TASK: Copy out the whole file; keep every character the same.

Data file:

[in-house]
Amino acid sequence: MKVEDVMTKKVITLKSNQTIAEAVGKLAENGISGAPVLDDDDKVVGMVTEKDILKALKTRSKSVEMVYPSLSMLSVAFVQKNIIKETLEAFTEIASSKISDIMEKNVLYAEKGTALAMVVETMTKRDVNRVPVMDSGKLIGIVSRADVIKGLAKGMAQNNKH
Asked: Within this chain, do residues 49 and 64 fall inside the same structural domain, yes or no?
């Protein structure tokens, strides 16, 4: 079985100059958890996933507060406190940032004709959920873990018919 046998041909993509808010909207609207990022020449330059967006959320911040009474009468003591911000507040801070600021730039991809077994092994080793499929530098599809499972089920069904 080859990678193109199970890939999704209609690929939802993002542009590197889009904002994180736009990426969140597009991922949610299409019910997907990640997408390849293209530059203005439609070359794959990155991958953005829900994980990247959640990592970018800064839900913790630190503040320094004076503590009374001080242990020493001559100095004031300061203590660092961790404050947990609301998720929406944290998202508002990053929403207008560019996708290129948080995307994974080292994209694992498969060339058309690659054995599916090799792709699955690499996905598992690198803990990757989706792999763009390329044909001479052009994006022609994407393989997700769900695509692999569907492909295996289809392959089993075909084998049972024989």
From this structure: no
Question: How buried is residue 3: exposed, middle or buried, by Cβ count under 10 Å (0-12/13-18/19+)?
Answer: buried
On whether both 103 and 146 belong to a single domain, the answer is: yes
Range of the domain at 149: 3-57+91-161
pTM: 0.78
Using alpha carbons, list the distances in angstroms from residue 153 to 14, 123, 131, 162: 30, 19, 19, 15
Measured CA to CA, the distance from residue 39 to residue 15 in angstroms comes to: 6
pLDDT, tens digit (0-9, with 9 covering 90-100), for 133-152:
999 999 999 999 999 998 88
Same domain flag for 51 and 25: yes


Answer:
[in-house]
Amino acid sequence: MKVEDVMTKKVITLKSNQTIAEAVGKLAENGISGAPVLDDDDKVVGMVTEKDILKALKTRSKSVEMVYPSLSMLSVAFVQKNIIKETLEAFTEIASSKISDIMEKNVLYAEKGTALAMVVETMTKRDVNRVPVMDSGKLIGIVSRADVIKGLAKGMAQNNKH
Asked: Within this chain, do residues 49 and 64 fall inside the same structural domain, yes or no?
């Protein structure tokens, strides 16, 4: 079985100059958890996933507060406190940032004709959920873990018919 046998041909993509808010909207609207990022020449330059967006959320911040009474009468003591911000507040801070600021730039991809077994092994080793499929530098599809499972089920069904 080859990678193109199970890939999704209609690929939802993002542009590197889009904002994180736009990426969140597009991922949610299409019910997907990640997408390849293209530059203005439609070359794959990155991958953005829900994980990247959640990592970018800064839900913790630190503040320094004076503590009374001080242990020493001559100095004031300061203590660092961790404050947990609301998720929406944290998202508002990053929403207008560019996708290129948080995307994974080292994209694992498969060339058309690659054995599916090799792709699955690499996905598992690198803990990757989706792999763009390329044909001479052009994006022609994407393989997700769900695509692999569907492909295996289809392959089993075909084998049972024989």
From this structure: no
Question: How buried is residue 3: exposed, middle or buried, by Cβ count under 10 Å (0-12/13-18/19+)?
Answer: buried
On whether both 103 and 146 belong to a single domain, the answer is: yes
Range of the domain at 149: 3-57+91-161
pTM: 0.78
Using alpha carbons, list the distances in angstroms from residue 153 to 14, 123, 131, 162: 30, 19, 19, 15
Measured CA to CA, the distance from residue 39 to residue 15 in angstroms comes to: 6
pLDDT, tens digit (0-9, with 9 covering 90-100), for 133-152:
999 999 999 999 999 998 88
Same domain flag for 51 and 25: yes